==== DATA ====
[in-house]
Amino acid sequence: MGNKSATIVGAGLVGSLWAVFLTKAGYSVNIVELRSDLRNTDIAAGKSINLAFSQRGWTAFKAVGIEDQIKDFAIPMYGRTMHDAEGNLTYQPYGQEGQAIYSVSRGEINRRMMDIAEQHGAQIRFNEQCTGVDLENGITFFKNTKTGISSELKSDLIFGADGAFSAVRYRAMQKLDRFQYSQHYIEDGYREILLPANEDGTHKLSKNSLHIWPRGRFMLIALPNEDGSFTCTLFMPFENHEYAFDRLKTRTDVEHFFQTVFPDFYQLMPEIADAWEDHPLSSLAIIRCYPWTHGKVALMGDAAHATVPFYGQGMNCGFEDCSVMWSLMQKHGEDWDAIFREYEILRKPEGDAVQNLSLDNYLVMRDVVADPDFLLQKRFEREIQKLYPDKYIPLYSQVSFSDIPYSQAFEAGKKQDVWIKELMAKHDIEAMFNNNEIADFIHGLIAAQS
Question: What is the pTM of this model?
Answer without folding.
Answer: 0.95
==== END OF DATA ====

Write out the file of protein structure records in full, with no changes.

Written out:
[in-house]
Amino acid sequence: MGNKSATIVGAGLVGSLWAVFLTKAGYSVNIVELRSDLRNTDIAAGKSINLAFSQRGWTAFKAVGIEDQIKDFAIPMYGRTMHDAEGNLTYQPYGQEGQAIYSVSRGEINRRMMDIAEQHGAQIRFNEQCTGVDLENGITFFKNTKTGISSELKSDLIFGADGAFSAVRYRAMQKLDRFQYSQHYIEDGYREILLPANEDGTHKLSKNSLHIWPRGRFMLIALPNEDGSFTCTLFMPFENHEYAFDRLKTRTDVEHFFQTVFPDFYQLMPEIADAWEDHPLSSLAIIRCYPWTHGKVALMGDAAHATVPFYGQGMNCGFEDCSVMWSLMQKHGEDWDAIFREYEILRKPEGDAVQNLSLDNYLVMRDVVADPDFLLQKRFEREIQKLYPDKYIPLYSQVSFSDIPYSQAFEAGKKQDVWIKELMAKHDIEAMFNNNEIADFIHGLIAAQS
Question: What is the pTM of this model?
Answer without folding.
Answer: 0.95